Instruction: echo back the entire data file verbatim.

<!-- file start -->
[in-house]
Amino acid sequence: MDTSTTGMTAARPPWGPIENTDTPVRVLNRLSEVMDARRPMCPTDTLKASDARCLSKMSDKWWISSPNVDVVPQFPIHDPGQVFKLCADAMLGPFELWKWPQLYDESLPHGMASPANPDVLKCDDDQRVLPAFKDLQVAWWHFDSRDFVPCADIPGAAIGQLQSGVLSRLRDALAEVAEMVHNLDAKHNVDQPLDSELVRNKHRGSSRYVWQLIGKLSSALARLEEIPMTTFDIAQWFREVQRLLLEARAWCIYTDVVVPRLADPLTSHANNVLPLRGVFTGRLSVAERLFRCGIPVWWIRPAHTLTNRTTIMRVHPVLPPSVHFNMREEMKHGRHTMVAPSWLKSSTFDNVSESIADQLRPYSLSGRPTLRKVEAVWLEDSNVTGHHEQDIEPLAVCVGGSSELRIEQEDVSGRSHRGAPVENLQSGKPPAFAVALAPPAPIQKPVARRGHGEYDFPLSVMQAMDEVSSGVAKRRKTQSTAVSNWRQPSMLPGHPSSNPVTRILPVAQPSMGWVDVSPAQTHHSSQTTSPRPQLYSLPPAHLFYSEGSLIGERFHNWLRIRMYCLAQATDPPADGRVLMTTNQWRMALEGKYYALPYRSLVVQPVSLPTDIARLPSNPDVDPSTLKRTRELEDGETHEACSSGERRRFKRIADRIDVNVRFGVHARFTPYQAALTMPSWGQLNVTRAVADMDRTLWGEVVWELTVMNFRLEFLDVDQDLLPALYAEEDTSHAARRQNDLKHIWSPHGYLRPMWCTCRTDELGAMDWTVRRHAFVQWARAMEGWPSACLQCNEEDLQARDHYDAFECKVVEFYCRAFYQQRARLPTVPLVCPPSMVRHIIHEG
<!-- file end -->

[in-house]
Amino acid sequence: MDTSTTGMTAARPPWGPIENTDTPVRVLNRLSEVMDARRPMCPTDTLKASDARCLSKMSDKWWISSPNVDVVPQFPIHDPGQVFKLCADAMLGPFELWKWPQLYDESLPHGMASPANPDVLKCDDDQRVLPAFKDLQVAWWHFDSRDFVPCADIPGAAIGQLQSGVLSRLRDALAEVAEMVHNLDAKHNVDQPLDSELVRNKHRGSSRYVWQLIGKLSSALARLEEIPMTTFDIAQWFREVQRLLLEARAWCIYTDVVVPRLADPLTSHANNVLPLRGVFTGRLSVAERLFRCGIPVWWIRPAHTLTNRTTIMRVHPVLPPSVHFNMREEMKHGRHTMVAPSWLKSSTFDNVSESIADQLRPYSLSGRPTLRKVEAVWLEDSNVTGHHEQDIEPLAVCVGGSSELRIEQEDVSGRSHRGAPVENLQSGKPPAFAVALAPPAPIQKPVARRGHGEYDFPLSVMQAMDEVSSGVAKRRKTQSTAVSNWRQPSMLPGHPSSNPVTRILPVAQPSMGWVDVSPAQTHHSSQTTSPRPQLYSLPPAHLFYSEGSLIGERFHNWLRIRMYCLAQATDPPADGRVLMTTNQWRMALEGKYYALPYRSLVVQPVSLPTDIARLPSNPDVDPSTLKRTRELEDGETHEACSSGERRRFKRIADRIDVNVRFGVHARFTPYQAALTMPSWGQLNVTRAVADMDRTLWGEVVWELTVMNFRLEFLDVDQDLLPALYAEEDTSHAARRQNDLKHIWSPHGYLRPMWCTCRTDELGAMDWTVRRHAFVQWARAMEGWPSACLQCNEEDLQARDHYDAFECKVVEFYCRAFYQQRARLPTVPLVCPPSMVRHIIHEG